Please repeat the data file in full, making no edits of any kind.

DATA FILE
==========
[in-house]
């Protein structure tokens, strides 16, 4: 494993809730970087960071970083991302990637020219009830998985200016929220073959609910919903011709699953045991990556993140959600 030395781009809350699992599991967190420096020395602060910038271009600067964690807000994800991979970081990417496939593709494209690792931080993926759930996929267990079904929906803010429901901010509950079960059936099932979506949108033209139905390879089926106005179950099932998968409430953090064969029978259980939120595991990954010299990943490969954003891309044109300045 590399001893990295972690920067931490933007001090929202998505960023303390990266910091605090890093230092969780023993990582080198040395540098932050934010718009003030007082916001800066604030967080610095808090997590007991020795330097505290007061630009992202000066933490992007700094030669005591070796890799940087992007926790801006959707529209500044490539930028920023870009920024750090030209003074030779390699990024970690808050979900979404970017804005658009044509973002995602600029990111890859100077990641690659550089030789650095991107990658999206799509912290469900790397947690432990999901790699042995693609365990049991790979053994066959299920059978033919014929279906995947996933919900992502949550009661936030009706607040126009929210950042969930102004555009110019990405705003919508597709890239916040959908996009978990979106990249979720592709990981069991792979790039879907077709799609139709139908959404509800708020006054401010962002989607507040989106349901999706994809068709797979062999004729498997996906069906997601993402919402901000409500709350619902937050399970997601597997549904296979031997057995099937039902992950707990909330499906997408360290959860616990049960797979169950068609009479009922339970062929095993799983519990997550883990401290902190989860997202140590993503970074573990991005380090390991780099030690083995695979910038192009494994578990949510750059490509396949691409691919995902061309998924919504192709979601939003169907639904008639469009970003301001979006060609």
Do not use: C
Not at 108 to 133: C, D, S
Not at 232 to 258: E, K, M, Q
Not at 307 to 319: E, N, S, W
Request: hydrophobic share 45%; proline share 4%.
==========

[in-house]
């Protein structure tokens, strides 16, 4: 494993809730970087960071970083991302990637020219009830998985200016929220073959609910919903011709699953045991990556993140959600 030395781009809350699992599991967190420096020395602060910038271009600067964690807000994800991979970081990417496939593709494209690792931080993926759930996929267990079904929906803010429901901010509950079960059936099932979506949108033209139905390879089926106005179950099932998968409430953090064969029978259980939120595991990954010299990943490969954003891309044109300045 590399001893990295972690920067931490933007001090929202998505960023303390990266910091605090890093230092969780023993990582080198040395540098932050934010718009003030007082916001800066604030967080610095808090997590007991020795330097505290007061630009992202000066933490992007700094030669005591070796890799940087992007926790801006959707529209500044490539930028920023870009920024750090030209003074030779390699990024970690808050979900979404970017804005658009044509973002995602600029990111890859100077990641690659550089030789650095991107990658999206799509912290469900790397947690432990999901790699042995693609365990049991790979053994066959299920059978033919014929279906995947996933919900992502949550009661936030009706607040126009929210950042969930102004555009110019990405705003919508597709890239916040959908996009978990979106990249979720592709990981069991792979790039879907077709799609139709139908959404509800708020006054401010962002989607507040989106349901999706994809068709797979062999004729498997996906069906997601993402919402901000409500709350619902937050399970997601597997549904296979031997057995099937039902992950707990909330499906997408360290959860616990049960797979169950068609009479009922339970062929095993799983519990997550883990401290902190989860997202140590993503970074573990991005380090390991780099030690083995695979910038192009494994578990949510750059490509396949691409691919995902061309998924919504192709979601939003169907639904008639469009970003301001979006060609």
Do not use: C
Not at 108 to 133: C, D, S
Not at 232 to 258: E, K, M, Q
Not at 307 to 319: E, N, S, W
Request: hydrophobic share 45%; proline share 4%.